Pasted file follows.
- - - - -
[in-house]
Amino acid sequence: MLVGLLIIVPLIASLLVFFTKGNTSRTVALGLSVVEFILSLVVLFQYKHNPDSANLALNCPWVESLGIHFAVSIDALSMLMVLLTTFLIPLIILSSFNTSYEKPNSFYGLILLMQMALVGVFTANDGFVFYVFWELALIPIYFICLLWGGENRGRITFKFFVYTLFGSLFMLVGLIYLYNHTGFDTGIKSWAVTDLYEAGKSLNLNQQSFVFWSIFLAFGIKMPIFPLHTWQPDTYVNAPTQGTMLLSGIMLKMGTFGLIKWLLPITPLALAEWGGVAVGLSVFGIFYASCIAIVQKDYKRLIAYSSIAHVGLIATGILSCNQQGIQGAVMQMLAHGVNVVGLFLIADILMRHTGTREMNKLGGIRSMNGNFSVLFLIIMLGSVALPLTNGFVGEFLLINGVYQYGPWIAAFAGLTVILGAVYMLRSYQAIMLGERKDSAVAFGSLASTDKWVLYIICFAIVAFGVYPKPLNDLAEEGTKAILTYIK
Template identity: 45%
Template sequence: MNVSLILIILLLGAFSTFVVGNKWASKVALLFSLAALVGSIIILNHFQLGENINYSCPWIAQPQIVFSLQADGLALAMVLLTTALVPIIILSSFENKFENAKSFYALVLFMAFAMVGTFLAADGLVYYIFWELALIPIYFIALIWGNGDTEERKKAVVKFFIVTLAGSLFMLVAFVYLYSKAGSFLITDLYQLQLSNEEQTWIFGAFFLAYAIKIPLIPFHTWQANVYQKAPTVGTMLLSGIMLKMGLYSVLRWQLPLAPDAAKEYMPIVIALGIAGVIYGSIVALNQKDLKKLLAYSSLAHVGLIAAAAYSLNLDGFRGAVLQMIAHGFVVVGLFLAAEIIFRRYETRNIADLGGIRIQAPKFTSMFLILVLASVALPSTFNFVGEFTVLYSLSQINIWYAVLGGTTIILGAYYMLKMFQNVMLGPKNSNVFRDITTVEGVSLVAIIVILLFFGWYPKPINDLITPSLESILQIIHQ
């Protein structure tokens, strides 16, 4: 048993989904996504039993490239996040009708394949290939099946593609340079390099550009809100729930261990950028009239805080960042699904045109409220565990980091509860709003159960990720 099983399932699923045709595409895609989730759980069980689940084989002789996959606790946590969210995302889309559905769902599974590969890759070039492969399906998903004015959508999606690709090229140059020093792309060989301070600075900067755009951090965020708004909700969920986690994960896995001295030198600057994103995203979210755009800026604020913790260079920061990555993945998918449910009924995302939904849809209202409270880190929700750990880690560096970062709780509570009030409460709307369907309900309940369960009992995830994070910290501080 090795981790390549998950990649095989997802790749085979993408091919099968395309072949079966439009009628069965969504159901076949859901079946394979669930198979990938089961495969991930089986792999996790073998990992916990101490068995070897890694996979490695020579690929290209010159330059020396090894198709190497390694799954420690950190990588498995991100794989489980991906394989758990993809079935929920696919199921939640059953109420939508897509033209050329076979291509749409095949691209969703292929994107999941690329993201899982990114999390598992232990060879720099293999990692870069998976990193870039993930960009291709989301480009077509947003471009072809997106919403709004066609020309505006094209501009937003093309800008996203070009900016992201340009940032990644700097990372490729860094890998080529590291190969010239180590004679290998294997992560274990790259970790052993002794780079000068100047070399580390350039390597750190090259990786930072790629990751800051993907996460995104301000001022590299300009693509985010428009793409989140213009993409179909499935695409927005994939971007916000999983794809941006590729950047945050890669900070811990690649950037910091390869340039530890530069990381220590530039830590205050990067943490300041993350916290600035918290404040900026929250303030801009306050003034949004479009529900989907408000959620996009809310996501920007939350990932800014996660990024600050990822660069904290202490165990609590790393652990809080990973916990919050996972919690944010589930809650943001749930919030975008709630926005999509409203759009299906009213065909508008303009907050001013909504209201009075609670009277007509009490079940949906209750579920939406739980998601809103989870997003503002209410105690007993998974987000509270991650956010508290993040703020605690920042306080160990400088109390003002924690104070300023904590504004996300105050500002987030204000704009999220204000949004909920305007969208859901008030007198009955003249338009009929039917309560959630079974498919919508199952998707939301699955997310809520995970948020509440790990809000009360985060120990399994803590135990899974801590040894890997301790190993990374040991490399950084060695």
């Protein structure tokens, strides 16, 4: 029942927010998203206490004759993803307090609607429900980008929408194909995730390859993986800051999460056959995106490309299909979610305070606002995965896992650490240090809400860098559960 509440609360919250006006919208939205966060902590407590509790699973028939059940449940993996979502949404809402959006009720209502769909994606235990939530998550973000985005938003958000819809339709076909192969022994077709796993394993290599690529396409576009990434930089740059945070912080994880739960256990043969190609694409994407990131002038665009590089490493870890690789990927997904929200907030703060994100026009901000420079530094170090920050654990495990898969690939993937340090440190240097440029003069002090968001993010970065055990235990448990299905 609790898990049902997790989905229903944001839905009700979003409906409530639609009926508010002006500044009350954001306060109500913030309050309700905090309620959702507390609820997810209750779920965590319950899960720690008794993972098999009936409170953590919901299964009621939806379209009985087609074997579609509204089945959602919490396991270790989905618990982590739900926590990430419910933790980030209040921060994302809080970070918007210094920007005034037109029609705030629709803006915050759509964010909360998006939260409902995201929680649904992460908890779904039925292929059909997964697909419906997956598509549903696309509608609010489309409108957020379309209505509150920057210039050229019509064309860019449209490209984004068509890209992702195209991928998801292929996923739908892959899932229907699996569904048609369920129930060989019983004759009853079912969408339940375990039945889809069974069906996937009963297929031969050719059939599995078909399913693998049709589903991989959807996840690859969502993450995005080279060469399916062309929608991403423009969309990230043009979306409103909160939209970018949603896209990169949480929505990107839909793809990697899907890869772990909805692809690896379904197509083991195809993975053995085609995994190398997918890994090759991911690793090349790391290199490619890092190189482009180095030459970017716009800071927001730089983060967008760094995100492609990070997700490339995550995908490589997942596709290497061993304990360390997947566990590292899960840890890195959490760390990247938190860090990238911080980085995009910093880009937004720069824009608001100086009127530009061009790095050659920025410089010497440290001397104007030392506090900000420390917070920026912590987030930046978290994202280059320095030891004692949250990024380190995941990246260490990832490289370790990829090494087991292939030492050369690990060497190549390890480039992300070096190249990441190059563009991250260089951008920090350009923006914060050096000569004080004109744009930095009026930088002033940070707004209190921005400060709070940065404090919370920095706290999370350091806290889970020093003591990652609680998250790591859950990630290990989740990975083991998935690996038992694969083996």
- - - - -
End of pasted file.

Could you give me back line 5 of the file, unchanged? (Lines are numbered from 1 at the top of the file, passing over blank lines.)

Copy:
């Protein structure tokens, strides 16, 4: 048993989904996504039993490239996040009708394949290939099946593609340079390099550009809100729930261990950028009239805080960042699904045109409220565990980091509860709003159960990720 099983399932699923045709595409895609989730759980069980689940084989002789996959606790946590969210995302889309559905769902599974590969890759070039492969399906998903004015959508999606690709090229140059020093792309060989301070600075900067755009951090965020708004909700969920986690994960896995001295030198600057994103995203979210755009800026604020913790260079920061990555993945998918449910009924995302939904849809209202409270880190929700750990880690560096970062709780509570009030409460709307369907309900309940369960009992995830994070910290501080 090795981790390549998950990649095989997802790749085979993408091919099968395309072949079966439009009628069965969504159901076949859901079946394979669930198979990938089961495969991930089986792999996790073998990992916990101490068995070897890694996979490695020579690929290209010159330059020396090894198709190497390694799954420690950190990588498995991100794989489980991906394989758990993809079935929920696919199921939640059953109420939508897509033209050329076979291509749409095949691209969703292929994107999941690329993201899982990114999390598992232990060879720099293999990692870069998976990193870039993930960009291709989301480009077509947003471009072809997106919403709004066609020309505006094209501009937003093309800008996203070009900016992201340009940032990644700097990372490729860094890998080529590291190969010239180590004679290998294997992560274990790259970790052993002794780079000068100047070399580390350039390597750190090259990786930072790629990751800051993907996460995104301000001022590299300009693509985010428009793409989140213009993409179909499935695409927005994939971007916000999983794809941006590729950047945050890669900070811990690649950037910091390869340039530890530069990381220590530039830590205050990067943490300041993350916290600035918290404040900026929250303030801009306050003034949004479009529900989907408000959620996009809310996501920007939350990932800014996660990024600050990822660069904290202490165990609590790393652990809080990973916990919050996972919690944010589930809650943001749930919030975008709630926005999509409203759009299906009213065909508008303009907050001013909504209201009075609670009277007509009490079940949906209750579920939406739980998601809103989870997003503002209410105690007993998974987000509270991650956010508290993040703020605690920042306080160990400088109390003002924690104070300023904590504004996300105050500002987030204000704009999220204000949004909920305007969208859901008030007198009955003249338009009929039917309560959630079974498919919508199952998707939301699955997310809520995970948020509440790990809000009360985060120990399994803590135990899974801590040894890997301790190993990374040991490399950084060695």